Christmas–like a lopsided stocking with all the goodies poking out the top—is stuffed full of longing.
But maybe not in the way you’re thinking. I’m not talking or kids rubbing their hands together over the mysteries under the tree. I’m not even fully talking about that wish to be somewhere else for Christmas, though that’s part of it.
There’s something about Christmas that also reluctantly highlights what isn’t all aglow: kids squabbling while hanging the ornaments, or tearing gluttonously through presents. Graying snow along the side of the road. Grandma’s empty chair around the table.
It’s certainly full of longing in Uganda. As I type on my quietly humming laptop, I’m thinking of Nellie, a five-year-old boy I met, who’s sitting in the balmy 80 degrees of Namuwongo, a slum in Kampala. (I know he is sitting, because he can’t walk.) In his neighborhood, a landfill stretches for at least a kilometer, spewing plastic bags and wrappers like some fairytale monster.
Some houses sit on top of the landfill, but not Nellie’s. Nellie lives nearby in a single concrete room with his grandmother. I am told he was “yellow” at birth, which is why he sat in my lap a few months back, his head lolling to the side with his constant trademark grin, despite the fact that his mental capacity is greatly diminished, or that he cannot feed himself.
What do I long for, for Nellie? I long that his doctors would have seen and treated his jaundice, like the doctors in America saw in my sister’s four kids who are right now rattling the Lego bin upstairs, cooking up all sorts of creations while we’re here for the holidays. I long for Nellie’s grandmother to have had money to pay for treatment, or for him to have his parents. Better yet? I wish we were in a world that had no such thing as bilirubin, no need for wheelchairs.
But nobody needs a handicapped child at Christmas to tell them this world is broken.
No matter in what country you’re setting up your tree this year—if you have a tree—there’s no question our souls want something more than the cracked earth on which we walk (or don’t), on which we die. No matter how many lights are on it.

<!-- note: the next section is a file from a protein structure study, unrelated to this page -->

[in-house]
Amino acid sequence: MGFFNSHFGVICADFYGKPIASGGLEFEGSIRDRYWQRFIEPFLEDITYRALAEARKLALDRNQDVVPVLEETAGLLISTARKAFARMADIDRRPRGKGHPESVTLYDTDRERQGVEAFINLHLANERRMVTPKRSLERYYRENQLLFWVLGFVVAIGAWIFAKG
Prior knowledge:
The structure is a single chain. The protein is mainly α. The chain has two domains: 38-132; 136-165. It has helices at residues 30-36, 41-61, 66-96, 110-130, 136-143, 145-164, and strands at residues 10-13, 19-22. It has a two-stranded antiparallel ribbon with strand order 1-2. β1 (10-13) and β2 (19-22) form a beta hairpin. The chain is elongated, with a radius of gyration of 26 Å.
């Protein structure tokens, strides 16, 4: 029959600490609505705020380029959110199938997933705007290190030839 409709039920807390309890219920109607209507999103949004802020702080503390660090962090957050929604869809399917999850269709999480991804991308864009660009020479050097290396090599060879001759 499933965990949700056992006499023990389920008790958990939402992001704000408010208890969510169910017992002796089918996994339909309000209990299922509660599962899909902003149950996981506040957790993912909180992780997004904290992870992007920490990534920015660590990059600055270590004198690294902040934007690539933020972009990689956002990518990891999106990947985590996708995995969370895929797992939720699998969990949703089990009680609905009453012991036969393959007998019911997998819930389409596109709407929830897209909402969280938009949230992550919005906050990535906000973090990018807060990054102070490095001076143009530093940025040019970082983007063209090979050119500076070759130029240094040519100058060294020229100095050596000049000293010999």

C.S. Lewis once penned, “If I find in myself desires which nothing in this world can satisfy, the only logical explanation is that I was made for another world.”
Someone: Save us.
Christmas is piled high with longing from both before it and after it. Since God’s first Eden-promise of a rescuer, millennia rolled on, war-bloodied and exile-ridden for God’s people. They labored not only beneath physical captivity—not unlike Nellie—but the crushing heft of a law they could never fulfill, leaving them distant and powerless.
Finally, a child: Born to set Thy people free. From our fears and sins release us.
Let us find our rest in Thee.
The longing of every person who’s walked this planet is so profound, so constant, we’re perpetually trying to stuff substitutes in the gaps where He is not. Whether it’s comfort, approval, power, or security, we can’t stop our bleeding with anything else. As Augustine marveled, Our hearts are restless until they rest in You.
This is the “good news of great joy”: Our Rest has come.
And the story’s not over.
Just as before Christmas was night-and-day different from the after—Behold! A people walking in darkness have seen a great light!–we, too, have our own form of Advent; a time for which our hearts beg. Because God fulfilled His first promises, we now await the next: no more tears, or crying, or pain. No more kids sacrificed to poverty; no more heartbreak in bittersweet Christmases twinkling with not just bliss, but pain.
Our Longing has a Name. Many, in fact. Prince of Peace. Strength; Joy. Dear desire of every nation, Joy of every longing heart.
May He be yours this Christmas.
 Keller, Timothy. Gospel in Life Study Guide: Grace Changes Everything. Grand Rapids, Michigan: Zondervan (2010).